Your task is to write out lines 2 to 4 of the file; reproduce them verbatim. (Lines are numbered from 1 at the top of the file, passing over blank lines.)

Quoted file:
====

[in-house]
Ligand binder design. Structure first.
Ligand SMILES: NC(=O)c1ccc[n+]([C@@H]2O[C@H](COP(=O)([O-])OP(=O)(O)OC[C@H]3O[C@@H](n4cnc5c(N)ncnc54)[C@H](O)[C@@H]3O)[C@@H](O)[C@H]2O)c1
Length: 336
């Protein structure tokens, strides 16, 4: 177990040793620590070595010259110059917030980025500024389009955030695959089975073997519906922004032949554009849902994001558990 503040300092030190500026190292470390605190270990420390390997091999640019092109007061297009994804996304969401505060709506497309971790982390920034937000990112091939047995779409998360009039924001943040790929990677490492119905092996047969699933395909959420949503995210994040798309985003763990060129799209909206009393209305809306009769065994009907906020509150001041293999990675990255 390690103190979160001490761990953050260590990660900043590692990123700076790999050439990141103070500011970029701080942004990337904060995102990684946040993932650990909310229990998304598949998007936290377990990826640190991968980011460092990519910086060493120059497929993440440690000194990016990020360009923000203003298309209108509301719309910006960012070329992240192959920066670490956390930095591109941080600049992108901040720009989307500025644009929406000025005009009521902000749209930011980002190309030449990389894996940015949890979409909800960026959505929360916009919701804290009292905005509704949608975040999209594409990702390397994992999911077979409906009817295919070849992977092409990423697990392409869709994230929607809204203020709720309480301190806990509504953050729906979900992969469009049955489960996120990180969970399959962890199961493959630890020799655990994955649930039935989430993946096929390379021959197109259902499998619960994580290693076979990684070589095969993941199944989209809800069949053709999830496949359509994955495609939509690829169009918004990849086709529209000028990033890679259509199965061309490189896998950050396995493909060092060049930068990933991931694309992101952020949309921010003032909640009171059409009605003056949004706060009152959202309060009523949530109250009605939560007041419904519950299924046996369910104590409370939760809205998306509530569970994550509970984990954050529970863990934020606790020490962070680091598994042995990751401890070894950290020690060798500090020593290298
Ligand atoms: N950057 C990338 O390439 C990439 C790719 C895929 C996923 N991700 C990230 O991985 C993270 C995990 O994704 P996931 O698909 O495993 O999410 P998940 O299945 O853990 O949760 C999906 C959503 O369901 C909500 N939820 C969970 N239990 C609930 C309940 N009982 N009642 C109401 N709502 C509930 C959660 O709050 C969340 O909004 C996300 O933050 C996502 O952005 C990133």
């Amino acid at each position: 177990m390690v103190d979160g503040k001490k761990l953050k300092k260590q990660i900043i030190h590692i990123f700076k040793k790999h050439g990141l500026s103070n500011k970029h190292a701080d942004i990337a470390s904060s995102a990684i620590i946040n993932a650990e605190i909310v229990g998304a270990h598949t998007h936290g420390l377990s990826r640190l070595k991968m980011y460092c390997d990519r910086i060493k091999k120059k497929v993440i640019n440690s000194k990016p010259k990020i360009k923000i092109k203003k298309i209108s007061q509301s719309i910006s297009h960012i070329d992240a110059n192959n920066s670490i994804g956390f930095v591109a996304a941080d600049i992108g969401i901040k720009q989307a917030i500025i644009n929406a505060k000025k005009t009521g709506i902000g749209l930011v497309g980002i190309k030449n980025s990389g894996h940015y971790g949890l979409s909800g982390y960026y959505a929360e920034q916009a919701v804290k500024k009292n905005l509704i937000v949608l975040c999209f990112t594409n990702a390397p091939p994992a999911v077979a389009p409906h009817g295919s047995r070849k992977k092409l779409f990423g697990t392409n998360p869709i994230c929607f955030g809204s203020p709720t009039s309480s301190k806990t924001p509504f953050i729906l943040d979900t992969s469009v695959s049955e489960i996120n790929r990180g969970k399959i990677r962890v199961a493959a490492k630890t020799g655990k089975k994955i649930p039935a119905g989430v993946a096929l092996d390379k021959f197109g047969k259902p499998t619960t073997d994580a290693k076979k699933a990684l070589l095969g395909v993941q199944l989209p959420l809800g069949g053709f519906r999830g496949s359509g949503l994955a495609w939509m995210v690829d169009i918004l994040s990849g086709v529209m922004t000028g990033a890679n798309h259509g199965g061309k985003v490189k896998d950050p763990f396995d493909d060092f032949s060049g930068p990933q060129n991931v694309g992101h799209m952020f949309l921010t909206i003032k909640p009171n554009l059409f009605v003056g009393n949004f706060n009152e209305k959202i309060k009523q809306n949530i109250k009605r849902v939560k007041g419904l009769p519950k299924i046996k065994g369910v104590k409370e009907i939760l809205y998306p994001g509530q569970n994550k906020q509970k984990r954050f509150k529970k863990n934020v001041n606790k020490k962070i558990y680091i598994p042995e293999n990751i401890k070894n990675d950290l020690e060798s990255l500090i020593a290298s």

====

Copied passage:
Ligand binder design. Structure first.
Ligand SMILES: NC(=O)c1ccc[n+]([C@@H]2O[C@H](COP(=O)([O-])OP(=O)(O)OC[C@H]3O[C@@H](n4cnc5c(N)ncnc54)[C@H](O)[C@@H]3O)[C@@H](O)[C@H]2O)c1
Length: 336